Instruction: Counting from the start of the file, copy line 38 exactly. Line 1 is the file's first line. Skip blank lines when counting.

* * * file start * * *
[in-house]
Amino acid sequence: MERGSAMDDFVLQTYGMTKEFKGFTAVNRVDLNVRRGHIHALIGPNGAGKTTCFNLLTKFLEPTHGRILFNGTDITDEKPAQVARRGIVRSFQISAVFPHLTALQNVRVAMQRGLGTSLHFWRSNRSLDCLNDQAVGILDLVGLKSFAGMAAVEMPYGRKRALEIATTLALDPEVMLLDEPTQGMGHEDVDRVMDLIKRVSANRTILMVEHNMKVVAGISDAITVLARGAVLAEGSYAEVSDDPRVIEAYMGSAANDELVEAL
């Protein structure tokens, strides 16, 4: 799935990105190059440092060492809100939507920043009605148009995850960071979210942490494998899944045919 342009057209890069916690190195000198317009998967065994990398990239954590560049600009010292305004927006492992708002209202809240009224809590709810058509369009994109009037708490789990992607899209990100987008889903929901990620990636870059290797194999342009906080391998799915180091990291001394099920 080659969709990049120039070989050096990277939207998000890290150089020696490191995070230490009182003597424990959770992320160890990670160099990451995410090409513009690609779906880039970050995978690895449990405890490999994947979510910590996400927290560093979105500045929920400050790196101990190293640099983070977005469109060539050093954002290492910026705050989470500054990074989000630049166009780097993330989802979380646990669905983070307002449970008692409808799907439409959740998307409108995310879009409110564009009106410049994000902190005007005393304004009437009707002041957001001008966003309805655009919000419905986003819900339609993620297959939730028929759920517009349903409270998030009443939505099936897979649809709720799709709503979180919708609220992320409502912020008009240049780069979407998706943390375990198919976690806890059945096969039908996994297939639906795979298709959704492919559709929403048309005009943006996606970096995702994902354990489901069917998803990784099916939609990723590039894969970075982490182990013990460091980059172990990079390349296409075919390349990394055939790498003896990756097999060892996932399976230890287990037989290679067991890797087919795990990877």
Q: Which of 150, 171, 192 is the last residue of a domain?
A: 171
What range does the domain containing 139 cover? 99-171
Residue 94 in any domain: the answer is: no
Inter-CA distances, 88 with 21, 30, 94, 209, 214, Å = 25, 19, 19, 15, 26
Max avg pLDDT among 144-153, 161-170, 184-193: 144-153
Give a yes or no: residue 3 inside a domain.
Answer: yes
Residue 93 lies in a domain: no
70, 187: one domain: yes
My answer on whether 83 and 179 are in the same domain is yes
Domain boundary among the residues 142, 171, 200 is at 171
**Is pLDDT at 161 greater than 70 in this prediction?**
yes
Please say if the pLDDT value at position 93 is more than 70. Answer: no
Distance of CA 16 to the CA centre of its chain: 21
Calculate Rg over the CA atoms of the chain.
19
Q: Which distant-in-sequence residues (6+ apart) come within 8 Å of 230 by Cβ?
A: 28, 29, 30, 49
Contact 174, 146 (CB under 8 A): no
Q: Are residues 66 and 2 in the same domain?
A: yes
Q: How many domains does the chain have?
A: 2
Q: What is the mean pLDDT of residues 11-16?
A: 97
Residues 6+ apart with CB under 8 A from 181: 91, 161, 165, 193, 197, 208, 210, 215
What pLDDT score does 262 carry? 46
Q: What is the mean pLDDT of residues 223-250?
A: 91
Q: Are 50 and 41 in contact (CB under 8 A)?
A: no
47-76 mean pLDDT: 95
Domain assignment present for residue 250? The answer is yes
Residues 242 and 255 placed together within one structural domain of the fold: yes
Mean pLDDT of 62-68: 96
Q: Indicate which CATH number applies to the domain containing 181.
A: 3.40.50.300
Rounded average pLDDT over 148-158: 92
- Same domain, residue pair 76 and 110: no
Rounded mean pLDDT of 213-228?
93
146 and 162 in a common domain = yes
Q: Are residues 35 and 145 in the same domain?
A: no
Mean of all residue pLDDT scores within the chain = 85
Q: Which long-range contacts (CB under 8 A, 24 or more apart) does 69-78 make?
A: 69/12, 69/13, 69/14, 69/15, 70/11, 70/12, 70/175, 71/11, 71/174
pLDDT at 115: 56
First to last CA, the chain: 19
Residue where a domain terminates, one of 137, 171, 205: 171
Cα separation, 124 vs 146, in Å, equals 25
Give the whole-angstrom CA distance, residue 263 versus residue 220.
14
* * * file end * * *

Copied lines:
Domain assignment present for residue 250? The answer is yes